William Van Alen was an American architect, best known for designing New York City's, art-deco Chrysler Building.
Van Alen attended the Pratt Institute in Brooklyn, and also studied for three years at the Atelier Masqueray, the first independent architectural atelier in the United States, founded by Franco-American architect Emmanuel Louis Masqueray.
Thereafter, Van Alen worked in New York, notably working on the Hotel Astor in 1902 for Clinton & Russell, before he was awarded the Paris Prize scholarship in 1908. The scholarship led to his studying in Paris, in the atelier of Victor Laloux at the Ecole des Beaux-Arts.
When Van Alen returned to New York in 1911, he formed a partnership with H. Craig Severance. The partnership became known for its distinctive multistory commercial structures. Their friendship grew strained over time, and eventually the partnership dissolved. Thereafter, both Severance and Van Alen continued to practice on their own in New York.
In the late 1920s, both architects found themselves engaged in designing buildings that were heralded in the press to become the tallest buildings in the world: Severance, the Manhattan Trust Building 40 Wall Street and Van Alen, the Chrysler Building. At 1046 feet, Van Alen's building won. However, both buildings were surpassed in height by the Empire State Building in 1931.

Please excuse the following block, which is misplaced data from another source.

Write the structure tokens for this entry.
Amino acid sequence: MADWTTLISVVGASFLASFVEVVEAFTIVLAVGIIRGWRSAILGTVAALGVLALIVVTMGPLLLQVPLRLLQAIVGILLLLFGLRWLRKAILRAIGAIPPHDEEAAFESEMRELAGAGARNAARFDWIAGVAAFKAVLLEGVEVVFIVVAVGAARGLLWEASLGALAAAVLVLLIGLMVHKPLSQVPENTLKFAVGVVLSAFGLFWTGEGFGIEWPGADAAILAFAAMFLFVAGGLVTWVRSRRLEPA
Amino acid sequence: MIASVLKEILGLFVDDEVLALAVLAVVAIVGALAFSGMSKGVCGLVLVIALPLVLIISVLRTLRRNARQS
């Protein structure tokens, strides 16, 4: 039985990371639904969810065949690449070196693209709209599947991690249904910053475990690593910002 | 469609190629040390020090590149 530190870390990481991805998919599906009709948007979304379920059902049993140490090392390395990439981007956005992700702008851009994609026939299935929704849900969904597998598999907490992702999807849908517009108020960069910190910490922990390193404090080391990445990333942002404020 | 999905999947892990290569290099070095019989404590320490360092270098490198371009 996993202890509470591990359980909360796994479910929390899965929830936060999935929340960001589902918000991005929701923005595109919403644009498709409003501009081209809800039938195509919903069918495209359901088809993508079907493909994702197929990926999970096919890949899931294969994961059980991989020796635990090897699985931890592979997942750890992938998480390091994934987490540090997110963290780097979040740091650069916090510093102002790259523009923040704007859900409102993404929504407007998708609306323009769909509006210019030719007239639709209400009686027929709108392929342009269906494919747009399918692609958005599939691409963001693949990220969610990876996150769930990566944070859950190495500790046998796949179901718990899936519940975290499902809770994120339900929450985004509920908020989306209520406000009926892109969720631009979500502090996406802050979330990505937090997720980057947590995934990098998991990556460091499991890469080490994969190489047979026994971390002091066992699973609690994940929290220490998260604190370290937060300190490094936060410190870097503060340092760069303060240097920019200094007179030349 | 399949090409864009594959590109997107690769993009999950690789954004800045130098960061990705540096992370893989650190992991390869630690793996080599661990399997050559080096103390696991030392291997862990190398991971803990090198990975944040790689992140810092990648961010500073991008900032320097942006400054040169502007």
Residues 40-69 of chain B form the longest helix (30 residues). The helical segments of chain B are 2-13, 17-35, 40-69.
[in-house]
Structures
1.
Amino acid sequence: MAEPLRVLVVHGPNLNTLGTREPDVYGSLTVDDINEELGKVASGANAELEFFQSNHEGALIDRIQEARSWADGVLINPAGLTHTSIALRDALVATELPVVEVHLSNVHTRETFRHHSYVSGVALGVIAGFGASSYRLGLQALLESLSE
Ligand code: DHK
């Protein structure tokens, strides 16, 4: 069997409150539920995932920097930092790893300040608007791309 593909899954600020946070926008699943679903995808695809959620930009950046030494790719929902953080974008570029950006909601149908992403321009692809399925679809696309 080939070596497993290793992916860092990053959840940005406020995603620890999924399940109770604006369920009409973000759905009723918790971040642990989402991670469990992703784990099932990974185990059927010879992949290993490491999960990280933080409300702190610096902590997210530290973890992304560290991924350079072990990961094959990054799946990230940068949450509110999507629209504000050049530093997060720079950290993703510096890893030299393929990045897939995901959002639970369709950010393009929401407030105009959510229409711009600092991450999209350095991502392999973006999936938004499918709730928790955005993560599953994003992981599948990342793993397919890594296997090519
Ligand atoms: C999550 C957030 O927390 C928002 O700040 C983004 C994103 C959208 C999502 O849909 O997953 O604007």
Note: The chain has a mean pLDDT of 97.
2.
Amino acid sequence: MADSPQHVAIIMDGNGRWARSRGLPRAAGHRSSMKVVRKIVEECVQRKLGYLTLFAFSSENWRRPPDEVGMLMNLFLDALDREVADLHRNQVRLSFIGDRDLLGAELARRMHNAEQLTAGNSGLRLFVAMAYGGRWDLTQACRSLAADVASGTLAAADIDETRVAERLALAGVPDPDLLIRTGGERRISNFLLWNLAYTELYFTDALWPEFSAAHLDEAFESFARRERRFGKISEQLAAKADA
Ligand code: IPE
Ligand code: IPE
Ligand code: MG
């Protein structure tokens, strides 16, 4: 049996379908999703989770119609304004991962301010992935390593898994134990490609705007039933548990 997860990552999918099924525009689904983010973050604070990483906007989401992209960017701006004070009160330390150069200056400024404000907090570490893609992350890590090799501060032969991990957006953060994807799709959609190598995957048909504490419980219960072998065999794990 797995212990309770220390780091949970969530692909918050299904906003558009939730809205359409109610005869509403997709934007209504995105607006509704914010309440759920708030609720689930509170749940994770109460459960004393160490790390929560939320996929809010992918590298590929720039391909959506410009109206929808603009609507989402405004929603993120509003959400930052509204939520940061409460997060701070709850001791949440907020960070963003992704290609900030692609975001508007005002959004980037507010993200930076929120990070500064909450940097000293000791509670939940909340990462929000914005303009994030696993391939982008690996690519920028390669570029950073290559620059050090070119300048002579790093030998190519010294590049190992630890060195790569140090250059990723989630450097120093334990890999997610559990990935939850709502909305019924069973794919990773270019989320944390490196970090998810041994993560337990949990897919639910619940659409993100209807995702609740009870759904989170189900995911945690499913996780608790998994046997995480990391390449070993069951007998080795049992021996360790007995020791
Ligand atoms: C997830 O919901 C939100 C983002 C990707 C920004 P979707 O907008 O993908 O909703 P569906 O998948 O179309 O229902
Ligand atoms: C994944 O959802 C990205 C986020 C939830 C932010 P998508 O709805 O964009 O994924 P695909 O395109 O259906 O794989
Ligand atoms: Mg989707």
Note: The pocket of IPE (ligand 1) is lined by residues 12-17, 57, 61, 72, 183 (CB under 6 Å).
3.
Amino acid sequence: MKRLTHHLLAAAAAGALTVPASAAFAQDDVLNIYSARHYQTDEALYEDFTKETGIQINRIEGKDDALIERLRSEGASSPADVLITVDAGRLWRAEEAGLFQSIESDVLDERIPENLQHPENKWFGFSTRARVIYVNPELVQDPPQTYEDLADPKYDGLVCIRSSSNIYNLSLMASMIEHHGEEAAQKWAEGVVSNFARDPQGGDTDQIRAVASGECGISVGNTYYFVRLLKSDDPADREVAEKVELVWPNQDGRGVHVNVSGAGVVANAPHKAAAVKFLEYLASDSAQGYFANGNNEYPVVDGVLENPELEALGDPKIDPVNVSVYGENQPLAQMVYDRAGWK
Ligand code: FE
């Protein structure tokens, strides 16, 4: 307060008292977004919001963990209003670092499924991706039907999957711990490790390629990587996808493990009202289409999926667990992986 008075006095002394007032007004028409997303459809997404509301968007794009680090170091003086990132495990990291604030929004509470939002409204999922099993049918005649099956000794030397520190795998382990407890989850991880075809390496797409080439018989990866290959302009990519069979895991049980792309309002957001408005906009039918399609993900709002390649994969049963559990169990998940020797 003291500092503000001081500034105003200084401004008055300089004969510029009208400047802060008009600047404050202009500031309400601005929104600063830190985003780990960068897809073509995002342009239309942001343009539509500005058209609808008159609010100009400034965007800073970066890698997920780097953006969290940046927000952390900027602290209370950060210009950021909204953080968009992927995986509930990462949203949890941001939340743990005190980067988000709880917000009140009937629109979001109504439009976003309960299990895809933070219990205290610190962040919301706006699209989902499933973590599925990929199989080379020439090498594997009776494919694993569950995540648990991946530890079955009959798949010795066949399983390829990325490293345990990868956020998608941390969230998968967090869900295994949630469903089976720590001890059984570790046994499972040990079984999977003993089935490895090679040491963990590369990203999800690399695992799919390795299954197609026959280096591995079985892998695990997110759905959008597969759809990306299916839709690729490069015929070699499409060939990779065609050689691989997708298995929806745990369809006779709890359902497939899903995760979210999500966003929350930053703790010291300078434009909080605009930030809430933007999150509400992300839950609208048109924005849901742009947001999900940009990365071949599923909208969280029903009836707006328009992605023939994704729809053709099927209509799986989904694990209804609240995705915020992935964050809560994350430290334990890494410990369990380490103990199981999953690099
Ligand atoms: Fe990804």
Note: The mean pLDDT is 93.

Van Alen had failed to enter into a contract with Walter Chrysler when he received the Chrysler Building commission. After the building was completed, Van Alen requested payment of 6 percent of the building's construction budget ($14 million), a figure that was the standard fee of the time. After Chrysler refused payment, Van Alen sued him and won, eventually receiving the fee. The lawsuit significantly depreciated his reputation as an employable architect. His career effectively ruined by this and further depressed by the Great Depression, Van Alen focused his attention on teaching sculpture.
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